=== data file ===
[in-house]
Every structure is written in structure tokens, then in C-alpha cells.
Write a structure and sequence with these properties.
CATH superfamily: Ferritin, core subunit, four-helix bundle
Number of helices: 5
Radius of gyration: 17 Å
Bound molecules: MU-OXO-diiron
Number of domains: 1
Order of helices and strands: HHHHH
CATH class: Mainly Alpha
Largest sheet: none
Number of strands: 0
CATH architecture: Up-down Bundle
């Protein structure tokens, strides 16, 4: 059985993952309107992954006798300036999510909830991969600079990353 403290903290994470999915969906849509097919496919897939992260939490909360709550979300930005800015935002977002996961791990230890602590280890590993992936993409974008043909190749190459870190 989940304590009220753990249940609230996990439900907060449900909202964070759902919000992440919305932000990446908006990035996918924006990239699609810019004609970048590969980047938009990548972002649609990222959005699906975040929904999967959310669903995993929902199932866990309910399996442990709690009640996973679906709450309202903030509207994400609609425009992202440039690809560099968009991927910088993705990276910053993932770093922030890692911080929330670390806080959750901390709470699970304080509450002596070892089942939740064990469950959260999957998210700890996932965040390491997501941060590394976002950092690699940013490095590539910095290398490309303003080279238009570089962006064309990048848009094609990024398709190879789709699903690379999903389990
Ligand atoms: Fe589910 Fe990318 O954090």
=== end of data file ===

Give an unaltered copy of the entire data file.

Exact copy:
[in-house]
Every structure is written in structure tokens, then in C-alpha cells.
Write a structure and sequence with these properties.
CATH superfamily: Ferritin, core subunit, four-helix bundle
Number of helices: 5
Radius of gyration: 17 Å
Bound molecules: MU-OXO-diiron
Number of domains: 1
Order of helices and strands: HHHHH
CATH class: Mainly Alpha
Largest sheet: none
Number of strands: 0
CATH architecture: Up-down Bundle
């Protein structure tokens, strides 16, 4: 059985993952309107992954006798300036999510909830991969600079990353 403290903290994470999915969906849509097919496919897939992260939490909360709550979300930005800015935002977002996961791990230890602590280890590993992936993409974008043909190749190459870190 989940304590009220753990249940609230996990439900907060449900909202964070759902919000992440919305932000990446908006990035996918924006990239699609810019004609970048590969980047938009990548972002649609990222959005699906975040929904999967959310669903995993929902199932866990309910399996442990709690009640996973679906709450309202903030509207994400609609425009992202440039690809560099968009991927910088993705990276910053993932770093922030890692911080929330670390806080959750901390709470699970304080509450002596070892089942939740064990469950959260999957998210700890996932965040390491997501941060590394976002950092690699940013490095590539910095290398490309303003080279238009570089962006064309990048848009094609990024398709190879789709699903690379999903389990
Ligand atoms: Fe589910 Fe990318 O954090």